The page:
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History Psychiatry

The Female Malady: Women, Madness, and English Culture, 1830-1980

The Female Malady: Women, Madness, Culture, 1830-1980Elaine ShowalterPenguin1985

In this informative, timely and often harrowing study, Elaine Showalter demonstrates how cultural ideas about ‘proper’ feminine behaviour have shaped the definition and treatment of female insanity for 150 years, and given mental disorder in women specifically sexual connotations. Along with vivid portraits of the men who dominated psychiatry, and descriptions of the therapeutic practices that were used to bring women ‘to their senses’, she draws on diaries and narratives by inmates, and fiction from Mary Wollstonecraft to Doris Lessing, to supply a cultural perspective usually missing from studies of mental illness.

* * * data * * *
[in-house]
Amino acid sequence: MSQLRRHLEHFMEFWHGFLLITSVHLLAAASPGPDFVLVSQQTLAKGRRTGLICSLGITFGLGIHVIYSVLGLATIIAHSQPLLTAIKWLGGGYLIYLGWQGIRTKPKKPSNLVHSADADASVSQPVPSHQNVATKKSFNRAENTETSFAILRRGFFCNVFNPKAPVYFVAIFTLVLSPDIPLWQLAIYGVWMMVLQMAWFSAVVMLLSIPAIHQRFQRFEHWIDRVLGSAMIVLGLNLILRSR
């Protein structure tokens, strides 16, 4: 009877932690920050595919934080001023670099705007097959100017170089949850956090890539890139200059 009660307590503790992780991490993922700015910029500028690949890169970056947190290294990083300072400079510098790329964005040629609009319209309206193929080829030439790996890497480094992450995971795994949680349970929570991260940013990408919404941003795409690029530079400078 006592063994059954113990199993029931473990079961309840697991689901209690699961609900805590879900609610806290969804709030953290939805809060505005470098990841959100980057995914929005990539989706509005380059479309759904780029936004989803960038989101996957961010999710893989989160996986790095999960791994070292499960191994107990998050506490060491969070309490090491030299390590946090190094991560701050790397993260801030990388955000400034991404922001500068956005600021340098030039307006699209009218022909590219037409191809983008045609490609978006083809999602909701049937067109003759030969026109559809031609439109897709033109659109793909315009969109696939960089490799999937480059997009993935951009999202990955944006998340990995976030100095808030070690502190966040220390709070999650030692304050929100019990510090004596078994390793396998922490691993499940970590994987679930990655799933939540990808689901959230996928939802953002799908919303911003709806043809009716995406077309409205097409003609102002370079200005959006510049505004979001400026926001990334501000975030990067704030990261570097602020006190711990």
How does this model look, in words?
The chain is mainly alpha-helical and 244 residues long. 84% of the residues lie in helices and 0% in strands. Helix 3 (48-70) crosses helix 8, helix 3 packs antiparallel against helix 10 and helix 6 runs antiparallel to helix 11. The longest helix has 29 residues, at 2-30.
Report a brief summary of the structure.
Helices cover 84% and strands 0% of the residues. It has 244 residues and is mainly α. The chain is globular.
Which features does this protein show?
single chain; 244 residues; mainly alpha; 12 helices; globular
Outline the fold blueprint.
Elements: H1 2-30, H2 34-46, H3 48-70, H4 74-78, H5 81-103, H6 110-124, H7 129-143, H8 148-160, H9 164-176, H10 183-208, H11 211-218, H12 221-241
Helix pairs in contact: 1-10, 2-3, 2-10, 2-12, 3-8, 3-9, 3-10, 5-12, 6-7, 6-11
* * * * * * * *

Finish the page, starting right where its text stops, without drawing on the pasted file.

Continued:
Highly original and beautifully written, The Female Malady is a vital counter-interpretation of madness in women, showing how it is a consequence of, rather than a deviation from, the traditional female role.

Table of Contents

Part 1: Psychiatric Victorianism
1. Domesticating insanity: John Conolly and Moral Management
2. Rise of the Victorian Madwoman
3. Managing Women’s Minds

Part 2: Psychiatric Darwinism
4. On the Borderland: Henry Maudsley and Psychiatric Darwinism
5. Nervous Women: Sex Roles and Sick Roles
6. Feminism and Hysteria: the Daughter’s Disease

Part 3: Psychiatric Modernism
7. Male Hysteria: W.H.R. Rivers and the Lessons of Shell Shock
8. Women and Psychiatric Modernism
9. Women, Madness, and the Family: R.D. Laing and the Culture of Antipsychiatry

Epilogue
10. Madness and the Rights of Women